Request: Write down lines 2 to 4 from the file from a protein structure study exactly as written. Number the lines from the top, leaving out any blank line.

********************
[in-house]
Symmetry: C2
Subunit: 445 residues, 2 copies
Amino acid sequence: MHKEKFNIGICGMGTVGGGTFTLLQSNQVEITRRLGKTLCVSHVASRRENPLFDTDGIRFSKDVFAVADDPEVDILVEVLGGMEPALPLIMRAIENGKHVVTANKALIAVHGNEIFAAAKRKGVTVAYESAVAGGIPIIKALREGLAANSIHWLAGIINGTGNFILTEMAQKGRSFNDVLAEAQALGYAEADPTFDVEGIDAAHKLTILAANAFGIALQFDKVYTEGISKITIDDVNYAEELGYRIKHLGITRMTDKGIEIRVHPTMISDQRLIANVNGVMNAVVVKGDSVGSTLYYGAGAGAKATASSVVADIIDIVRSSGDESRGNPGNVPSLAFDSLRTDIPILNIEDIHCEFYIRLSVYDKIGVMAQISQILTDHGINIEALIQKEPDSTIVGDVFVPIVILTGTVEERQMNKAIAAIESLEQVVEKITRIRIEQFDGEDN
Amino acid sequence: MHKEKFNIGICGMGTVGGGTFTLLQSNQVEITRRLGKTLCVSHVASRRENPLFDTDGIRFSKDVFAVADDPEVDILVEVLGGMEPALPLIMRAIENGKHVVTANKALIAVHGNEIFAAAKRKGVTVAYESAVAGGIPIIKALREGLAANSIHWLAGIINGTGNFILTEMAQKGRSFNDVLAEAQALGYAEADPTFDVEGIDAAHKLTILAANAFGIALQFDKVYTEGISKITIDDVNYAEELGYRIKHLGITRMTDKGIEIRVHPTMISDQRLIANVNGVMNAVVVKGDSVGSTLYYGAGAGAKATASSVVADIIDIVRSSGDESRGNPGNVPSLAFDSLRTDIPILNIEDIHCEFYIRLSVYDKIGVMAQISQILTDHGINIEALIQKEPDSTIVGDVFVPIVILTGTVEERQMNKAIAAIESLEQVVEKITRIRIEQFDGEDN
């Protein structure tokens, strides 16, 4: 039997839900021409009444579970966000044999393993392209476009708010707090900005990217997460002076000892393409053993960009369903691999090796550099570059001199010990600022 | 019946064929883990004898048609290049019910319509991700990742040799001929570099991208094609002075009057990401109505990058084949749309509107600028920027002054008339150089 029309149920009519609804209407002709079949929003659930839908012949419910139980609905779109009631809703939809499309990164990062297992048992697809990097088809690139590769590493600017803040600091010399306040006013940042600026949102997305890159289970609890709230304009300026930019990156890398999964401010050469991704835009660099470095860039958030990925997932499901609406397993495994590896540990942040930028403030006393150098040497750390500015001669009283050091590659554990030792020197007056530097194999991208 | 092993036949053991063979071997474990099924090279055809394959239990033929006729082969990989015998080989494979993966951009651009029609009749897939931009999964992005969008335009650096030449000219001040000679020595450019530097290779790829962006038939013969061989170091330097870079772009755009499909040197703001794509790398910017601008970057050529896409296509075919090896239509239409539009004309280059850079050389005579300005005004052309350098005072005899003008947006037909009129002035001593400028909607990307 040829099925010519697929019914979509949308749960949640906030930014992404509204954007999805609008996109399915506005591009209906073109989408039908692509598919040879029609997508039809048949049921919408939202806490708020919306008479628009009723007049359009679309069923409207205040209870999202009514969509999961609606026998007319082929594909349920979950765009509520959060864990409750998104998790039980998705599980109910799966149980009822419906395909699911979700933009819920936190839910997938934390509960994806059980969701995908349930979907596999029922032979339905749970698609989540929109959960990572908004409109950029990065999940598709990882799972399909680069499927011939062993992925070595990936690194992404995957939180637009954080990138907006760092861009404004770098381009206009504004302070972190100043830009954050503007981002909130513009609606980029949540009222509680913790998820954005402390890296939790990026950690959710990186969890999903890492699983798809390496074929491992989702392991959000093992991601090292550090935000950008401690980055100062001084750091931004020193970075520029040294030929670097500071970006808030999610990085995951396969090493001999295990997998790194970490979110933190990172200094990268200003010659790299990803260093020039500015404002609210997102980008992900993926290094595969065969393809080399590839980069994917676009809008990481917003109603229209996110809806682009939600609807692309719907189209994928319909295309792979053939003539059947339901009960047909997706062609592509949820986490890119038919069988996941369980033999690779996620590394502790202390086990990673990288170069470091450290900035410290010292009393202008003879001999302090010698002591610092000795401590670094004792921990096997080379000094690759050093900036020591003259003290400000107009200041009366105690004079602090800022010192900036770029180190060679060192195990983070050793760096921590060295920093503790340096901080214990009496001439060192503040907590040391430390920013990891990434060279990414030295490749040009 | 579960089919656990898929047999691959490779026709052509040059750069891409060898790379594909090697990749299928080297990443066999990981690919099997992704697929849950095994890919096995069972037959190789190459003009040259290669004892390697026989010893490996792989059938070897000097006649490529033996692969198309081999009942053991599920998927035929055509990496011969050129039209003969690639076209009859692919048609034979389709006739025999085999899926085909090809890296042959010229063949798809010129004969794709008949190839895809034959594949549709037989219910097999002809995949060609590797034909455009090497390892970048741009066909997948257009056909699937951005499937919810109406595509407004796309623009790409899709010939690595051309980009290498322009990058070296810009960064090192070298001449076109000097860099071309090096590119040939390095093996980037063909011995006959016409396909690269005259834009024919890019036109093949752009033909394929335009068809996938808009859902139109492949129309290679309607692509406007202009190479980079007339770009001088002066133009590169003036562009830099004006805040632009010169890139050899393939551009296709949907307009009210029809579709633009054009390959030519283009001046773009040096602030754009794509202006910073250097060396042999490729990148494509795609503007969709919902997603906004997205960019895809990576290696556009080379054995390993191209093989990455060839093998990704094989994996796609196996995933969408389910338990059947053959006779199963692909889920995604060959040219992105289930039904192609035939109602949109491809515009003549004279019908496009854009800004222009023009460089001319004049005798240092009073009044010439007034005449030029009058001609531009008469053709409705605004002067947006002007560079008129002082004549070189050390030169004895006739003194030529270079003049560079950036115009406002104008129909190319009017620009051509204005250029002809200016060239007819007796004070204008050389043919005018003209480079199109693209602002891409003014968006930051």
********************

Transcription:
Symmetry: C2
Subunit: 445 residues, 2 copies
Amino acid sequence: MHKEKFNIGICGMGTVGGGTFTLLQSNQVEITRRLGKTLCVSHVASRRENPLFDTDGIRFSKDVFAVADDPEVDILVEVLGGMEPALPLIMRAIENGKHVVTANKALIAVHGNEIFAAAKRKGVTVAYESAVAGGIPIIKALREGLAANSIHWLAGIINGTGNFILTEMAQKGRSFNDVLAEAQALGYAEADPTFDVEGIDAAHKLTILAANAFGIALQFDKVYTEGISKITIDDVNYAEELGYRIKHLGITRMTDKGIEIRVHPTMISDQRLIANVNGVMNAVVVKGDSVGSTLYYGAGAGAKATASSVVADIIDIVRSSGDESRGNPGNVPSLAFDSLRTDIPILNIEDIHCEFYIRLSVYDKIGVMAQISQILTDHGINIEALIQKEPDSTIVGDVFVPIVILTGTVEERQMNKAIAAIESLEQVVEKITRIRIEQFDGEDN